Attendance at my class was spectacular, undoubtedly because of the mind-numbing sameness of jail life. Prison, it was explained to me, is more fun because there’s more to do, but given a choice, an inmate will probably choose jail because it’s closer to home, even though amusements were limited to stealing one another’s pillows and attending church.My first assignments were short and uncontroversial: Describe the color red. Which musical instrument would you be? What is your favorite memory? I asked them to read their essays out loud, and stipulated that they were required to applaud at the end of each reading. I’d expected some objection to the applause decree, but my students accepted it without question, often blushing with pride when the applause was for them.

Their writing was always surprising. A 30-year-old Mensa member who was serving time for driving the getaway car in an armed robbery wrote a pastoral essay about the mollifying effects of smoking crack outdoors. Another wrote about cooking meth with her mom. Some of the stories were heartbreaking, such as one woman’s oddly cheerful account describing how she was prostituted by her parents; some were simply horrifying. Most were badly spelled, incorrectly punctuated, and lacking in structural variety, which made me realize how unimportant these conventions are. Writing is about telling the truth. Period. Without that, nothing else matters.

In the college class I taught, the students complained constantly, either about the outrageous length (five pages) of my assignments, or the grades I gave them for what any serious writer would consider minimal effort. But here in jail, no one shirked the assignments, ever. Pens weren’t allowed (they can be made into weapons), so my students wrote in pencil, dozens of pages every week, laying out their stories as if the horrors they’d experienced—motel rooms filled with guns, overdosing on drugs, standing by in handcuffs while their children were taken from them by force—were, in some unforgiving, terrifying universe, commonplace occurrences.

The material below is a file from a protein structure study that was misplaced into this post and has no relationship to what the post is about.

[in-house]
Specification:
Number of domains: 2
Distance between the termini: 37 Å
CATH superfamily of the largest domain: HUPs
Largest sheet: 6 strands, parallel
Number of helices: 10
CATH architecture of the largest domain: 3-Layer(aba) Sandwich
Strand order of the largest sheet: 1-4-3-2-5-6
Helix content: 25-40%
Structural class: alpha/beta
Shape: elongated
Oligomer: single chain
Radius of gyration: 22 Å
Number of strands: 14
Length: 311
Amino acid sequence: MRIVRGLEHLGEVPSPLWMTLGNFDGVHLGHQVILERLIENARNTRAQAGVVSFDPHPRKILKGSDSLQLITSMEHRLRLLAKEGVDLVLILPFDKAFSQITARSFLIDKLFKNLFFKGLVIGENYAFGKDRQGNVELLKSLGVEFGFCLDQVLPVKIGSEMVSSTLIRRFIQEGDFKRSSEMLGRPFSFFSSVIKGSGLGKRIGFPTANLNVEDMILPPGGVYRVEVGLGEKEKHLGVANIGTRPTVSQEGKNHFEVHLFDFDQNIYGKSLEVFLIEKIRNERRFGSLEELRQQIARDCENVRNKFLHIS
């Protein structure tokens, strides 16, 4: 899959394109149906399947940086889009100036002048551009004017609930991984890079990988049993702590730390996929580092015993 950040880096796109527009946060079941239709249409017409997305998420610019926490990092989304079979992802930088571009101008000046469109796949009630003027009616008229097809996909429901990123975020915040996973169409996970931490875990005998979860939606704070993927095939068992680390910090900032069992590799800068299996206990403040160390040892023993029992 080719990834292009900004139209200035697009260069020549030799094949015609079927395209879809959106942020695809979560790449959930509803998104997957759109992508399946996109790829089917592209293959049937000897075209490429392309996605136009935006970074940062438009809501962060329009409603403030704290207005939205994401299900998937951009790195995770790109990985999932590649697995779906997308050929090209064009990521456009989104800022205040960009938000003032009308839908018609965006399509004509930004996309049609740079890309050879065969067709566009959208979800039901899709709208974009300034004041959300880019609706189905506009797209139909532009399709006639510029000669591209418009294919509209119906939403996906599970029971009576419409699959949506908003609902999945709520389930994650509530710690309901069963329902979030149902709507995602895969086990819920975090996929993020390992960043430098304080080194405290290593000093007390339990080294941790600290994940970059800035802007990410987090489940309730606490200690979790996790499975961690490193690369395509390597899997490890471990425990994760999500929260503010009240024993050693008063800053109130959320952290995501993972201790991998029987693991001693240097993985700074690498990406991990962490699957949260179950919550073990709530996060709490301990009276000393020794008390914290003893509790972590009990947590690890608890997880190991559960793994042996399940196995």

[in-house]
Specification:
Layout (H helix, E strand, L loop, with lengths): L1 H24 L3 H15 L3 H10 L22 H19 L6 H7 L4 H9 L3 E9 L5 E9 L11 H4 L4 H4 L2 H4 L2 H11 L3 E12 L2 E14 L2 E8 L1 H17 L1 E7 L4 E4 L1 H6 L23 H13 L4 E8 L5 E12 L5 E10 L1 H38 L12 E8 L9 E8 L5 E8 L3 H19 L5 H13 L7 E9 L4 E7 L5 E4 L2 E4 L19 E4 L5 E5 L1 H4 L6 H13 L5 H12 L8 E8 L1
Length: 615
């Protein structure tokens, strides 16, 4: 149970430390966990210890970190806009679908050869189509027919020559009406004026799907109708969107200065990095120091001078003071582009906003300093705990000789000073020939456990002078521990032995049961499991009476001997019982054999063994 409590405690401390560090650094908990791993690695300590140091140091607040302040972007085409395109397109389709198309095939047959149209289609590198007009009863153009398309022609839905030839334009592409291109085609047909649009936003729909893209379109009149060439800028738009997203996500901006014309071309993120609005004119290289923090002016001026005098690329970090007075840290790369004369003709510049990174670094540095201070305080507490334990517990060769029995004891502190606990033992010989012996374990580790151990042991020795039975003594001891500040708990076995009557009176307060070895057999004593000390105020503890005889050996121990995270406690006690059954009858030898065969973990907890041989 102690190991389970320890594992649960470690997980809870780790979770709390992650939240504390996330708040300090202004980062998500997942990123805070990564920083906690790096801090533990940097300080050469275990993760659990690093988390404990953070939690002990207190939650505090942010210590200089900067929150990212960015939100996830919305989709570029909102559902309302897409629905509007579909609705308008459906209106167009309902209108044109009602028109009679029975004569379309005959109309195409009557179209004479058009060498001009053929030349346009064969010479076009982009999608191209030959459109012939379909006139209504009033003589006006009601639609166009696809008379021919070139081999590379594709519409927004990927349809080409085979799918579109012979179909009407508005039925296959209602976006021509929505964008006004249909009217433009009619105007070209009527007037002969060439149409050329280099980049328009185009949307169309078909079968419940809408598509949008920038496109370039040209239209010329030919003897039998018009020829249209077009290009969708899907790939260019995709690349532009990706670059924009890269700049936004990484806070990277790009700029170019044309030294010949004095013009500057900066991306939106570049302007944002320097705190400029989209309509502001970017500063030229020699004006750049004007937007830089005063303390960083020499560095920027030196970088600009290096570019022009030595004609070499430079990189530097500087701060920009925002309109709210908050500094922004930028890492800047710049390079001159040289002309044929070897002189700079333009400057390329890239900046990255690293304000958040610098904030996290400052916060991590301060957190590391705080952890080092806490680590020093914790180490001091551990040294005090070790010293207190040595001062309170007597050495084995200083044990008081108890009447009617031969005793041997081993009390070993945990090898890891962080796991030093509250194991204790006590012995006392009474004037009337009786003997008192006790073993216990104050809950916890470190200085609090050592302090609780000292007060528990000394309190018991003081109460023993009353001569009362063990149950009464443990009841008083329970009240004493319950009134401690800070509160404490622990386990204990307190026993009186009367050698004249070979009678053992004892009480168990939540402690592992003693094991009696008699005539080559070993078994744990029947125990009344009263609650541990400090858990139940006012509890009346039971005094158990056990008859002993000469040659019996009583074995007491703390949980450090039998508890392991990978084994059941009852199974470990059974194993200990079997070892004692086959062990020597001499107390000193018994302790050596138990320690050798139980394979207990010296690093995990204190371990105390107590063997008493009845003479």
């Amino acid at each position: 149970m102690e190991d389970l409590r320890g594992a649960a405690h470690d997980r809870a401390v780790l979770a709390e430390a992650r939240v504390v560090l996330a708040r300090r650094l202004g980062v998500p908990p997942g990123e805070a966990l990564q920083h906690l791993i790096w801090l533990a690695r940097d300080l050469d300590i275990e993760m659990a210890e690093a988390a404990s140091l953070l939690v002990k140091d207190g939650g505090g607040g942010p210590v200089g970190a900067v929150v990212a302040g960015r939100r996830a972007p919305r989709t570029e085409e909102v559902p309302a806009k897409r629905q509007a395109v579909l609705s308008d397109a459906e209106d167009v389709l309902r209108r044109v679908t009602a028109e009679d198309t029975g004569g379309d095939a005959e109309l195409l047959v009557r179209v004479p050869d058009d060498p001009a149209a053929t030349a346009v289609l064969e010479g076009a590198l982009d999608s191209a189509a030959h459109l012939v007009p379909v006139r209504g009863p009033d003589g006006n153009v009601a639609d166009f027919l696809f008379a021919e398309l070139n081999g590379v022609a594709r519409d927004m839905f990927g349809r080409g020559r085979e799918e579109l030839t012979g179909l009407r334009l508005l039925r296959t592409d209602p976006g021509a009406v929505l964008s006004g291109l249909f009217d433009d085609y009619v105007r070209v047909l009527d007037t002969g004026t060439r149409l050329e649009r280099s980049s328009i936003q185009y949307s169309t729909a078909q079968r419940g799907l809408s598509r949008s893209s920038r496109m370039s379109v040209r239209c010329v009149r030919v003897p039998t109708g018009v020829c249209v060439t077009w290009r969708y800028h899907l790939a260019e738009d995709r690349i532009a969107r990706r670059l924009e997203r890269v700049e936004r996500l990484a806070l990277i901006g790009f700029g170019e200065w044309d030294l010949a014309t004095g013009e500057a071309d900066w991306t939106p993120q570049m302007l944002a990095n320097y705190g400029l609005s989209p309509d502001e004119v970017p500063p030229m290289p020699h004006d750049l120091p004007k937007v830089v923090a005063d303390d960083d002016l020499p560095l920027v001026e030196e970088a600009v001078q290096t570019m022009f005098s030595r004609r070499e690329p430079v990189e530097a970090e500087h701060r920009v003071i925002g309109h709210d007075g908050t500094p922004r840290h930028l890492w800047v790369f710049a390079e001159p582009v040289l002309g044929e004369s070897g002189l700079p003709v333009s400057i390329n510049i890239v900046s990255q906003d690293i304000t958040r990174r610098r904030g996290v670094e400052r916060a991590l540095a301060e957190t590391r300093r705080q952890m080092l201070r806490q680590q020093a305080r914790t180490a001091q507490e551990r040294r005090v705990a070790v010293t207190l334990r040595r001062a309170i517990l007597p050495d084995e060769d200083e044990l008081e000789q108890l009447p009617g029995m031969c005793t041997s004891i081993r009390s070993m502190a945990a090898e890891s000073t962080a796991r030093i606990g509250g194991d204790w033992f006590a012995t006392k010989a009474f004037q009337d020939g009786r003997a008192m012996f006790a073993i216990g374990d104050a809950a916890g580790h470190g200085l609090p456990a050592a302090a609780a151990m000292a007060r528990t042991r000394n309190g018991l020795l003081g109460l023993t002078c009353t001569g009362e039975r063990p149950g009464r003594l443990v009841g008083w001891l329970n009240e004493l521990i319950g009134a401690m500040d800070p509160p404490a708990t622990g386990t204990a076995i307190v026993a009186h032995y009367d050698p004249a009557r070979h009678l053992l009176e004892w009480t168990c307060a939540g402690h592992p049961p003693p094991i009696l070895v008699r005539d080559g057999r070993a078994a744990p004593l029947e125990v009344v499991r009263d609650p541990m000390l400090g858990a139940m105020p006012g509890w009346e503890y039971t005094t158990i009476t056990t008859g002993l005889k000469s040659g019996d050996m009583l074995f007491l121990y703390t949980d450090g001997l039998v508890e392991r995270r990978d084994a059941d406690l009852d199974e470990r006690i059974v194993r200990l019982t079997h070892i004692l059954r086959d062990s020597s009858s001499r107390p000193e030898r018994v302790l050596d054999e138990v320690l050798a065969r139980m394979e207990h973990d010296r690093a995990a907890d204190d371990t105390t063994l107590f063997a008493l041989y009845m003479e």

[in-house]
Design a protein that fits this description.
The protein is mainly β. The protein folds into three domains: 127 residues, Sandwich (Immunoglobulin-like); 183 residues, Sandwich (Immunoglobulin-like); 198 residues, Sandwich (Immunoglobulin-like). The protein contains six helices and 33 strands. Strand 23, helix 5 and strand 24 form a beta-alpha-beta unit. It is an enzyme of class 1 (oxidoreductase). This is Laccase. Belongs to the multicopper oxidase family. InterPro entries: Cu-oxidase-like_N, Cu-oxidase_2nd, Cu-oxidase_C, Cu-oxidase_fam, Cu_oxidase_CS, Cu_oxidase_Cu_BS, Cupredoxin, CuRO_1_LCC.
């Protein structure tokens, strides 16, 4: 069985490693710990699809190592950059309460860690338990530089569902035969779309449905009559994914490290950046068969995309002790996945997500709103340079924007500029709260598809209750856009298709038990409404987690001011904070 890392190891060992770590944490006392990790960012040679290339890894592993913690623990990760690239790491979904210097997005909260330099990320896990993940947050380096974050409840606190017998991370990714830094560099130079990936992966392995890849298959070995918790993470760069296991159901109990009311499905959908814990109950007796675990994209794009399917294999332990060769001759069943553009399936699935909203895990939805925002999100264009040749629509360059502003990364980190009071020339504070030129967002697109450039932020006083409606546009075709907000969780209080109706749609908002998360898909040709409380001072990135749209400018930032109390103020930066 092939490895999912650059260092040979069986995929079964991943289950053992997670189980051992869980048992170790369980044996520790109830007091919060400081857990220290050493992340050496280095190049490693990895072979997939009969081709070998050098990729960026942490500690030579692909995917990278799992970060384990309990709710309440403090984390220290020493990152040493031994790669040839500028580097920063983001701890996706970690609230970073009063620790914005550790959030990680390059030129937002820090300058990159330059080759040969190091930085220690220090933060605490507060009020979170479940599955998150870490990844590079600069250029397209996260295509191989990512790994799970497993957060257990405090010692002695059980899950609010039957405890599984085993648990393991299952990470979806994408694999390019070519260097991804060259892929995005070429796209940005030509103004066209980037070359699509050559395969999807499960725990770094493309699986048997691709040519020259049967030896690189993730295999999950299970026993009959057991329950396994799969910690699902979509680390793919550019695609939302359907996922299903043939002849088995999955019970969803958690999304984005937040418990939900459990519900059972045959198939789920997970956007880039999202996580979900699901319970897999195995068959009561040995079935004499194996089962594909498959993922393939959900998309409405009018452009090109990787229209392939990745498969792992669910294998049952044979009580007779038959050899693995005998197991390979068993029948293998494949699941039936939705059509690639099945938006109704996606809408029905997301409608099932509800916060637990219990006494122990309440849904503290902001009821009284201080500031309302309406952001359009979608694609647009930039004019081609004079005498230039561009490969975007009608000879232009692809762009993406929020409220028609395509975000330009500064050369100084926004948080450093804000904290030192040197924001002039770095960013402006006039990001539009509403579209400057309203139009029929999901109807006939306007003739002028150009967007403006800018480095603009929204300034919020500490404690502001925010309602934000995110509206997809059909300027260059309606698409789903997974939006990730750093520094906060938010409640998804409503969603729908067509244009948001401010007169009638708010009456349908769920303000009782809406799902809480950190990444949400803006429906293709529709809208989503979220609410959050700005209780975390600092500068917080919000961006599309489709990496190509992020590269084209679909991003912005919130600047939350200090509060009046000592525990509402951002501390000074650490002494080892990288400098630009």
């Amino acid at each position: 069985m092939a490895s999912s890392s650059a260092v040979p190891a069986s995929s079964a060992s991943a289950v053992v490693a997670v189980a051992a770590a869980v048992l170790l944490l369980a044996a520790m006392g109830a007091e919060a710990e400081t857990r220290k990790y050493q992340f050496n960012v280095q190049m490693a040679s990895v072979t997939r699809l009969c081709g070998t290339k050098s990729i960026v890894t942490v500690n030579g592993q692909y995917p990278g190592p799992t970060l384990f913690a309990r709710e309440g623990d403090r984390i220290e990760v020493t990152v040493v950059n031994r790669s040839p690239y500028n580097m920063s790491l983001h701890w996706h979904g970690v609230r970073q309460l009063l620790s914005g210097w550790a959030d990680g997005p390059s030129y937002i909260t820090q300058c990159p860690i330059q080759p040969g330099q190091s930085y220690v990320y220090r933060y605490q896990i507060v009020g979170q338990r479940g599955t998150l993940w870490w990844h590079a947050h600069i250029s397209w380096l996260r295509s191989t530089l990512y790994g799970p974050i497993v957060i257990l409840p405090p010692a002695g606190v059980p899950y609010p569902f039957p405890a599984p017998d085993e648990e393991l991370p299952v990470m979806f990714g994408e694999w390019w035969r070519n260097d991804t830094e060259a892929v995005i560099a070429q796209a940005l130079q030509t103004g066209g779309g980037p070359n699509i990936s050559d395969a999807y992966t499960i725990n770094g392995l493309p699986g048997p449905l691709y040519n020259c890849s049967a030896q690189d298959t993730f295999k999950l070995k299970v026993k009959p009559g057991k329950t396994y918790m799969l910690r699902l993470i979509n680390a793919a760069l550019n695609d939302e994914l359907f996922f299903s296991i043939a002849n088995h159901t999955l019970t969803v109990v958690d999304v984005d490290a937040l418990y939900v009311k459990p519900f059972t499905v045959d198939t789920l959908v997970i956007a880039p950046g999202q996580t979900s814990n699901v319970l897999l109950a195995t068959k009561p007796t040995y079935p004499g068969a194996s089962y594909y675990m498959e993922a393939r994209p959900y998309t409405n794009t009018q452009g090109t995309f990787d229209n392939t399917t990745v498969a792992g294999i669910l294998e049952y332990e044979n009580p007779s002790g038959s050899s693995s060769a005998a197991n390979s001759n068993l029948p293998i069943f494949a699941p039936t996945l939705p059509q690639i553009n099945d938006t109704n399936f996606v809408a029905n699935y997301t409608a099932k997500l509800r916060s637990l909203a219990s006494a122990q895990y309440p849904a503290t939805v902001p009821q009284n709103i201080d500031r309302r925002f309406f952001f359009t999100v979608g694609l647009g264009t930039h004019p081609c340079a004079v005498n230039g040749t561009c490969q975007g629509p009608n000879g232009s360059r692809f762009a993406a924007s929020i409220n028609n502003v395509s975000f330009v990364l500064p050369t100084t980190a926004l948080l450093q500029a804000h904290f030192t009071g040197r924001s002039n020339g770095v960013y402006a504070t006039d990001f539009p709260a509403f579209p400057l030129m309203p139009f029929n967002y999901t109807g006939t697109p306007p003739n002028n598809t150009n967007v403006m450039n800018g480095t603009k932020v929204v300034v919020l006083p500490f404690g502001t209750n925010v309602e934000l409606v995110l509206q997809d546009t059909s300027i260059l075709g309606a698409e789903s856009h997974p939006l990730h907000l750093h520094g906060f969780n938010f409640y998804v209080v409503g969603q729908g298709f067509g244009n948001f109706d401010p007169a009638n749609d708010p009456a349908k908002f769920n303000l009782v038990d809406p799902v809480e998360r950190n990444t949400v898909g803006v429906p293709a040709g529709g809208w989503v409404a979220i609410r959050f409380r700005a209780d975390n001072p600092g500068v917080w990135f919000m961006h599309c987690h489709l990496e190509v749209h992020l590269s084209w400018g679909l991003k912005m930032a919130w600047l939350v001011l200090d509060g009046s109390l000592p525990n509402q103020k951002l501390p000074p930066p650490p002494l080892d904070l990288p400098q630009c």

In time, we moved onto autobiographies, along with brief lessons on things like unreliable narrators in fiction, and the hallmarks of existentialist thought. I never had to lecture on the importance of writing with integrity, though, or of making real connections with their emotions. Every sentence these women wrote came from the deepest core of their souls.
Before I left to move back north (with my son’s blessing and an audible sigh of relief) I gave each of my students a journal as a parting gift. They were disappointed that I didn’t have certificates for them, evidence of accomplishment, with their names written in Black Forest Bold. I wish I’d thought of it.

At our last class, they applauded me. I think that may have been the closest I ever came to understanding religion. I can still hear it.

Comments are closed.